How to Keep Maintenance Costs Low For DIY Landlords


Property maintenance is one of the worst parts of owning income producing homes. Although you’ll still gain more money than you put into them, having to deal with near-constant work is something that would drive anyone up the wall. Thankfully, there are steps anyone can take to help their properties.

These are some of the best renovation projects any property owner can take on that will reduce your maintenance needs in the long term and allow your income properties to be more of a luxury for you and the renter alike.

1. What to Do to Minimize Property Maintenance Cost?

Property costs can make property ownership stressful, making the monthly mortgage payments seem like nothing in comparison. Instead of accepting higher maintenance costs, consider taking the time to update and gradually add small changes that will ensure the home needs far fewer emergency maintenance calls.

These are updates from ensuring the roof is in sound condition, to checking the HVAC system regularly so that there’s rarely a need for any major changes or updates to it. Every part of the property, from siding to flooring is another project you can save yourself major repairs on by making small changes instead.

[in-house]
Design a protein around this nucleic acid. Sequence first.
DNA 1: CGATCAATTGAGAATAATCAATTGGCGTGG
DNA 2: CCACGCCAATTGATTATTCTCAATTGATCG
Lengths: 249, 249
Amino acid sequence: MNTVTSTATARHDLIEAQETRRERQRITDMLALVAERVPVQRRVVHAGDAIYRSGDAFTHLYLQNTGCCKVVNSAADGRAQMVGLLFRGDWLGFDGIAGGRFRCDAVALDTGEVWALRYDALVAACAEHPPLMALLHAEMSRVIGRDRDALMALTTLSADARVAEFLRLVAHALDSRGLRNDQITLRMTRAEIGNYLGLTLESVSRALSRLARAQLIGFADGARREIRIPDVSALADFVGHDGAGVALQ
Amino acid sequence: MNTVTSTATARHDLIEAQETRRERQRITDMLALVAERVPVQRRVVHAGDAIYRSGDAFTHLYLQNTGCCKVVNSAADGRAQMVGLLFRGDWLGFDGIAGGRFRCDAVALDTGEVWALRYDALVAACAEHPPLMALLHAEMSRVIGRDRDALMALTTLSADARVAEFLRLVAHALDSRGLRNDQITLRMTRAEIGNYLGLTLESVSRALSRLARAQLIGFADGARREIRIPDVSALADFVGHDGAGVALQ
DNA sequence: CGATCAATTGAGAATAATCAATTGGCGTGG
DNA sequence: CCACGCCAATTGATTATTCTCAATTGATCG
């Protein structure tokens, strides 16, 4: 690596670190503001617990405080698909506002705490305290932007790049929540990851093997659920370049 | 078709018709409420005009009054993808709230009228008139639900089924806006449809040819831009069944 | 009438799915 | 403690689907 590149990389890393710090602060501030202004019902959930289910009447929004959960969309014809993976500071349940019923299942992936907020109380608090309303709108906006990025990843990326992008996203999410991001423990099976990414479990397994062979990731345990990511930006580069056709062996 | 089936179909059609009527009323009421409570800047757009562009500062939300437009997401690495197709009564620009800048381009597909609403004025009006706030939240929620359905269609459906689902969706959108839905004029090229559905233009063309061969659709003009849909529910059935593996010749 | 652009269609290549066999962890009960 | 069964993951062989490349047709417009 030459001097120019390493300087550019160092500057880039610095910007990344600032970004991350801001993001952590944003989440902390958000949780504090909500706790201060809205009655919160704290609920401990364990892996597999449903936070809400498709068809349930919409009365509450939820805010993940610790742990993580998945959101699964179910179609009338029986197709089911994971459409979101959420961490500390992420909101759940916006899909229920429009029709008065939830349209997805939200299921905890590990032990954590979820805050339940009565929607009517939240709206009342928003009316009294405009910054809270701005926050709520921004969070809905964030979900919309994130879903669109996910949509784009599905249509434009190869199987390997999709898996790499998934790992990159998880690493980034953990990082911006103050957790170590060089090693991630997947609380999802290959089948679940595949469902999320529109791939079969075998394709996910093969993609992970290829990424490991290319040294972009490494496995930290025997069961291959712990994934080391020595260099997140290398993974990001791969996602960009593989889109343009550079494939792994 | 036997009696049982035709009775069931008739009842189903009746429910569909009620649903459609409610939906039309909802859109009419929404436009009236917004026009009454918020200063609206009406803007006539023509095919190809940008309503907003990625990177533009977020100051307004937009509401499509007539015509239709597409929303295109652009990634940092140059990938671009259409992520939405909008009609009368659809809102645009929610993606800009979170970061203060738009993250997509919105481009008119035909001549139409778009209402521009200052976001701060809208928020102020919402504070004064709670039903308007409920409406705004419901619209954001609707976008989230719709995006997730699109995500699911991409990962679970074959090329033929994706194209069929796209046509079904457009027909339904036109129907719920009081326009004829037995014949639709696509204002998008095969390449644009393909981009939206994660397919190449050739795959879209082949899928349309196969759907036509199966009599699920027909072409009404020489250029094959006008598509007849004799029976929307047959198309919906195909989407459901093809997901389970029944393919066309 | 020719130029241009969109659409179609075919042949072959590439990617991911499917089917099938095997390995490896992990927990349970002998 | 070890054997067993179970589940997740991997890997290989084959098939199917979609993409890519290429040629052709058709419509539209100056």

The main goal for any property should be the reduction of emergency repairs, the following options are some of the best ways to ensure you can do that.

2. Roof That Can Handle Anything

One of the worst places a property can go wrong is the roof. If there’s a problem with that portion of the home, it can quickly lead to water damage throughout, rotted wood, and insect infestations. Beyond this, it can make it so that a good tenant no longer wants to rent from you.

Install a slate roof before you allow people to rent your properties. Not only can slate roofs last well over fifty years, but they’re also heatproof, great against storms, and can handle anything you throw at them. This is an investment that you’ll continue to gain positively from for years to come.

3. Tools and Tips for the HVAC System

Your HVAC system is going to be a cause of tension in your landlord-tenant relationship if you’re not careful. If it goes out often, doesn’t heat or cool well, or is out of date, your tenants aren’t going to be happy with it.

Update this, and consider adding a smart thermostat. Not only will this ensure that they can track their spending so that they don’t go overboard, but it will also give them the opportunity to run your system less and keep from adding so much stress onto something that they use every single day.

4. Increased Security Measures

Security is a must, regardless of where your property is. Not only will it protect your physical property, but it will also protect your tenant, who is your major source of income within the property. Take the time to add things like a key-code entry so that they don’t accidentally lock themselves out, a camera doorbell so they can decide whether or not to answer the door, keep track of strangers on their property, and lights that will light up the home’s exterior at night, and keep burglars at bay.

Adding security features like fire alarms can also reduce your insurance premiums, saving you a lot of money in the long run.

5. Low-Maintenance Lawn and Gardens